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Plight of the 'skilled unemployed'

By Beth Doherty - posted Thursday, 25 June 2009

At first I avoided it. I avoided filling out forms and jumping into the endless queues at my local Centrelink office. I reasoned that Centrelink is for those who are in real need, people who are struggling to make ends meet.

Centrelink is a safety net for those who are out of work; unable to work; with limited capacity to work; or studying to improve suitability for work. None of this particularly applied to me. After returning home from six months of volunteer work overseas, my plan was that I would spend a couple of weeks looking, and that after a few resumés were sent out, the phone calls would start pouring in.

They didn't. Almost two months after my return to Australia (with less than two dollars to my name and a huge credit card bill) I had had one job interview, sent out resumé after resumé, addressed numerous selection criteria, and written page-long cover letters touting my attributes to potential employers.


All of this happened quickly. Two years ago, I was in the position where I was finishing up one job on Friday and starting the next on Monday. I'd received three or four job offers before settling on one near my home.

Each week, as part of my previous job working with adult migrants in Sydney's South, I would sign forms and fax letters verifying that, yes indeed, my students were fulfilling their activity agreements by attending language classes.

Now, I found myself on the other side of the desk. Every two weeks, I had the unenviable experience of going into my local Centrelink office to report on all paid work and voluntary work completed over the specified time period. My activity agreement required me to apply for 10 jobs a fortnight. By this point I'd applied for well beyond that figure with little success.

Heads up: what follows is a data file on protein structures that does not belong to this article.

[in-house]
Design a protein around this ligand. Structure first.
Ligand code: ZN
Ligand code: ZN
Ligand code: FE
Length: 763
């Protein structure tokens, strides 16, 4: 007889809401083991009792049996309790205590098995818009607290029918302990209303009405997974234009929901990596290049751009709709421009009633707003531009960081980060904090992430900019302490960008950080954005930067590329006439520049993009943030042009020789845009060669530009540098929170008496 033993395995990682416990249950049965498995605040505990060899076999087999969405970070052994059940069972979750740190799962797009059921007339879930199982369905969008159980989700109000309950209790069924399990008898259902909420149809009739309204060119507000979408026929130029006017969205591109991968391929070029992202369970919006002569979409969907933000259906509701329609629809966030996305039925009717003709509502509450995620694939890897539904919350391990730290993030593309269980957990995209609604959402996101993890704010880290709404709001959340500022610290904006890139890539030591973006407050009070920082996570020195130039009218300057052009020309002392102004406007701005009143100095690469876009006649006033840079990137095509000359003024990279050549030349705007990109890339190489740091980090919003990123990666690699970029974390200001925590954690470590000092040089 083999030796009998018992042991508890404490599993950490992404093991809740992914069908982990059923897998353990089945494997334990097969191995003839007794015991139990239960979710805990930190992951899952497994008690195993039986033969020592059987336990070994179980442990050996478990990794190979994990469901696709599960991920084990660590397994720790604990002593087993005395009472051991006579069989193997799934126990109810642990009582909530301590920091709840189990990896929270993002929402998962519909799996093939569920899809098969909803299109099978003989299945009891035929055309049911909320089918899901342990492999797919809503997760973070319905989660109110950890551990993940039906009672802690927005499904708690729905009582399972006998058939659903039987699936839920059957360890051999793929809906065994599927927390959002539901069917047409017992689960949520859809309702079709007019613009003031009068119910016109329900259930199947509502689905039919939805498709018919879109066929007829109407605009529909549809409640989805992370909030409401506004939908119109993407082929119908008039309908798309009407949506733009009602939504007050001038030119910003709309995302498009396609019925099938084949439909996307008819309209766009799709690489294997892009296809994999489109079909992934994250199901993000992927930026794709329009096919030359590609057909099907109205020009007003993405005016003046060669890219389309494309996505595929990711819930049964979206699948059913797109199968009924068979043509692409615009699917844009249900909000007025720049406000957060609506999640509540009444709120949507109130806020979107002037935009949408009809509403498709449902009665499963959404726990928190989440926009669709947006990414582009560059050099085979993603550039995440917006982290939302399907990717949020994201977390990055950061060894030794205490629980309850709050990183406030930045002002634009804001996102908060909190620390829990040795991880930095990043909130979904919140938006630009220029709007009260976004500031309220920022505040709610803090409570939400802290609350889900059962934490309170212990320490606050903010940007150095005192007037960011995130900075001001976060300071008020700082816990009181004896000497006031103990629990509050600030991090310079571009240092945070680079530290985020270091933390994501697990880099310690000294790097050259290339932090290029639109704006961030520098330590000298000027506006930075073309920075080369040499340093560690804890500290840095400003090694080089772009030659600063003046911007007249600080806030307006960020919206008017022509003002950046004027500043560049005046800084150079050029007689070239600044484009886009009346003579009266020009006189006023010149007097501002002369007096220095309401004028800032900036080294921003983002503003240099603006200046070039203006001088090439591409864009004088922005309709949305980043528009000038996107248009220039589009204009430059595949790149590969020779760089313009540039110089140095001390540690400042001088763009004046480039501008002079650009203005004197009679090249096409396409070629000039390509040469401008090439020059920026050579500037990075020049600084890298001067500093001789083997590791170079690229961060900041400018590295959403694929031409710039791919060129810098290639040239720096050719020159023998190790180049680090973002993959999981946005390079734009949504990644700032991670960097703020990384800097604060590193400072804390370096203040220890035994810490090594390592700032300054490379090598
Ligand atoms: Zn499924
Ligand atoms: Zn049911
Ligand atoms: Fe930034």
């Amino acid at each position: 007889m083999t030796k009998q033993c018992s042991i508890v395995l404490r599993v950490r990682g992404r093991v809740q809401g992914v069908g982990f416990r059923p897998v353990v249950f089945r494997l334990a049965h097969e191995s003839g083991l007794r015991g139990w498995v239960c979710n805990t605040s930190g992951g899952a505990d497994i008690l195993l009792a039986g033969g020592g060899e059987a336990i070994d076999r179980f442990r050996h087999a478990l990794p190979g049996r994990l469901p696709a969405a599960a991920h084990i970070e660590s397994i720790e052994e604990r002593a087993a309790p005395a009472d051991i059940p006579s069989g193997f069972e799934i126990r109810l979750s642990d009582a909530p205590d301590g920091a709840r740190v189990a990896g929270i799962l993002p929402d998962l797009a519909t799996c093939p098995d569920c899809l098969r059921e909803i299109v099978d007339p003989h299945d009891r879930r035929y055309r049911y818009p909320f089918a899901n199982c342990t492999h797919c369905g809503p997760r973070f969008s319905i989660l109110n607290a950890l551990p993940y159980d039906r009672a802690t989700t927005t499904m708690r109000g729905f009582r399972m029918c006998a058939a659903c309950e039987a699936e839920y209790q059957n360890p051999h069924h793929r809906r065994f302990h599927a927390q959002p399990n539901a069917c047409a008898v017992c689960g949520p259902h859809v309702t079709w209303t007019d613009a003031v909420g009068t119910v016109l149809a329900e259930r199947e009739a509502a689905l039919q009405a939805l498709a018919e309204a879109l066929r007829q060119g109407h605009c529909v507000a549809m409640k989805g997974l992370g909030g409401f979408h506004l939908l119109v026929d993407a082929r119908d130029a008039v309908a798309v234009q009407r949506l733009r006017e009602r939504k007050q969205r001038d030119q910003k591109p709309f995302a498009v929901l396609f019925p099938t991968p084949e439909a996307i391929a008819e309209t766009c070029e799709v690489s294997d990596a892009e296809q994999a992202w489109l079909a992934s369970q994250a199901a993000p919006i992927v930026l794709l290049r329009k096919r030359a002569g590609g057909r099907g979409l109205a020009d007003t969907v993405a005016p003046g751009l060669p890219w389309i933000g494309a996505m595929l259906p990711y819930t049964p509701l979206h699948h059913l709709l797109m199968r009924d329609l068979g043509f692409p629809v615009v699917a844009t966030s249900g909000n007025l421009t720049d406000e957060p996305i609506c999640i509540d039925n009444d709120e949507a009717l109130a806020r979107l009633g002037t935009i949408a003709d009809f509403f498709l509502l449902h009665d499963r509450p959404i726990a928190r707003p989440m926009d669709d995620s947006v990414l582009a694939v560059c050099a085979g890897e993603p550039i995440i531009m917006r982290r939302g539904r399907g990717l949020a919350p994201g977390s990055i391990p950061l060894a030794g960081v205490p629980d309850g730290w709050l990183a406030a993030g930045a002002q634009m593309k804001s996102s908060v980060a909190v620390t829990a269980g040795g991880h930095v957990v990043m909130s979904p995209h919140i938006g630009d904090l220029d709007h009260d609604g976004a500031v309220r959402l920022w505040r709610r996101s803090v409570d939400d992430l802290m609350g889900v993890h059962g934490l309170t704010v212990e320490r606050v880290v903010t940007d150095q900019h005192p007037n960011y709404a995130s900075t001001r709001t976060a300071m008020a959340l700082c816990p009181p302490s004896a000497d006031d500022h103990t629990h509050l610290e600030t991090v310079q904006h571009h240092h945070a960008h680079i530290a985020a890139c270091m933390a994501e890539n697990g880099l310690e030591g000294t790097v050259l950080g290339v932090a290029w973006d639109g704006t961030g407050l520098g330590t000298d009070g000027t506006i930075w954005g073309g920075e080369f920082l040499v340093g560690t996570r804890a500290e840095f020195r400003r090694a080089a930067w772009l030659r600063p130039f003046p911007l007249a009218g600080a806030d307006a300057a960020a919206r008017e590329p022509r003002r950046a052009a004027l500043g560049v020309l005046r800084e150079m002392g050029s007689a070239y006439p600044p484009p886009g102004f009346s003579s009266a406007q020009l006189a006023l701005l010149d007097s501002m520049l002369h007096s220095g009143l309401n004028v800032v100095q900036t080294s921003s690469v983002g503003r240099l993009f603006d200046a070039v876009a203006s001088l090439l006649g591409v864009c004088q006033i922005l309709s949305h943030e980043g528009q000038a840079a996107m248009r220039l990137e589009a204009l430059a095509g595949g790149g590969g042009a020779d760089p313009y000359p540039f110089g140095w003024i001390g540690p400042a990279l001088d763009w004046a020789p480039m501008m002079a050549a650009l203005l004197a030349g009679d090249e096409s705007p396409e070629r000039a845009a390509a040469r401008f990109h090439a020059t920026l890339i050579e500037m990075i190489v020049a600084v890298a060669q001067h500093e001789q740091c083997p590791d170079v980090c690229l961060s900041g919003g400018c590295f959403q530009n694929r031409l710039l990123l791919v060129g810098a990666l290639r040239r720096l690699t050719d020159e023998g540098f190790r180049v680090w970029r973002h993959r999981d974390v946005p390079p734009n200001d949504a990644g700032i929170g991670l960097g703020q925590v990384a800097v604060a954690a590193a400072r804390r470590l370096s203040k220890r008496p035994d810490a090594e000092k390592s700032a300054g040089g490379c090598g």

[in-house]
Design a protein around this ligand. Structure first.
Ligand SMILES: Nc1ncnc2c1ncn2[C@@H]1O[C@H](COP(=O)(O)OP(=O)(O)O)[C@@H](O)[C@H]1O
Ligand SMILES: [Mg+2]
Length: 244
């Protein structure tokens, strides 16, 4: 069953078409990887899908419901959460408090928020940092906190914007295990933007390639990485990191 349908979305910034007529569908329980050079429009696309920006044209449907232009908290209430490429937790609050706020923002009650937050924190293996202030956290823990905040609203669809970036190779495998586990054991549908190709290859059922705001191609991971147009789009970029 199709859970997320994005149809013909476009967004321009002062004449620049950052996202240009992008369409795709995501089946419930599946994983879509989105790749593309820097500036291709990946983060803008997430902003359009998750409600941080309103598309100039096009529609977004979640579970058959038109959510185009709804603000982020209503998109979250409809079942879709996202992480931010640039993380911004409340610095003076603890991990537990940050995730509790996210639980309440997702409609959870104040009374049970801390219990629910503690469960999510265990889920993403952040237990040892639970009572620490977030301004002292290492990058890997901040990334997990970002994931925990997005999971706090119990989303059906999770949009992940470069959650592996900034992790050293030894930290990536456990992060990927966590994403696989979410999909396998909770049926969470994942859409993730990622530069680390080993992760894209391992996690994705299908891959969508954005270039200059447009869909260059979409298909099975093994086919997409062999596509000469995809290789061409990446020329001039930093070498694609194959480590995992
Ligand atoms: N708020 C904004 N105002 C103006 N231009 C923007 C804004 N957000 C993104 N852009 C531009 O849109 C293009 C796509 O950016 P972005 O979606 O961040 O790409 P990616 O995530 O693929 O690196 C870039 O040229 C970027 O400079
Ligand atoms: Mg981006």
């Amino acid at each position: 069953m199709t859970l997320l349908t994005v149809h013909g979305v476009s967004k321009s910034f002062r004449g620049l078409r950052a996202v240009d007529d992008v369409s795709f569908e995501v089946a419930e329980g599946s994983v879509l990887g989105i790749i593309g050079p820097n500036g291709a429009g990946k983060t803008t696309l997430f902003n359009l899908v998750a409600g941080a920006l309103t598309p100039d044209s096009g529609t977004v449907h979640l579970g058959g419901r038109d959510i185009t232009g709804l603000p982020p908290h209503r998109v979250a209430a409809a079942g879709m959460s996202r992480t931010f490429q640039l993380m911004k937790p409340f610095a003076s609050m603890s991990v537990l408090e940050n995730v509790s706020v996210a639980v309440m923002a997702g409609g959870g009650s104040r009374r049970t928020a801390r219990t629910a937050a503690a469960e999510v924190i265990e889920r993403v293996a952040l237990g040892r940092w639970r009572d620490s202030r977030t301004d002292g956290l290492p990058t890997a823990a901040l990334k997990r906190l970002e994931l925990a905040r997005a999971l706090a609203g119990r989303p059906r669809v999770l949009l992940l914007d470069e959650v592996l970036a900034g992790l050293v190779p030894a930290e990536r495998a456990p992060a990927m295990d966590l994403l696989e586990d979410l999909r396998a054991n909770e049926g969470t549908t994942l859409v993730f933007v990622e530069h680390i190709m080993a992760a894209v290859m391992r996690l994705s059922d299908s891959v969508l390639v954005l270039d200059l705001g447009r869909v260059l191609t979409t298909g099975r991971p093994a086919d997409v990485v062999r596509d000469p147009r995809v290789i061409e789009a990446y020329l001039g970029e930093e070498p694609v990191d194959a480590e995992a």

It was reported on June 11 by the Sydney Morning Herald that job losses during the month of May pushed the unemployment rate up to 5.7 per cent.

“If you look over the last six months, we've had about 80,000 full-time jobs lost in that period of time, and pretty much no overall job creation,” said Su-lin Ong, senior economist at RBC.

Sadly, to be employed doesn't always mean full-time or permanent part-time employment. One could work a casual job for five hours a month, and still not be included in unemployment statistics. Thousands of underemployed workers are unable to survive on the hours they are given.


Similarly, thousands of skilled migrants who want to work are placed in language learning programs as a way of reducing the unemployment statistic.

“The rise in unemployment is remarkable,” said JP Morgan economist Helen Kevans. “It's the highest since 2003 and a sign of things to come.”

As I wrote letters recommending my skills and qualifications to potential employers, my empathy for my former students grew. No wonder many just give up trying. It is a hard thing to do, to present yourself in a positive light, rejection after rejection. You stop believing the things you write. You start to wonder if your qualifications, experience or even human dignity mean anything in this money-driven economy.

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First published in on June 22, 2009. 

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About the Author

Beth Doherty is Communications Officer of the Australian Catholic Bishops Conference.

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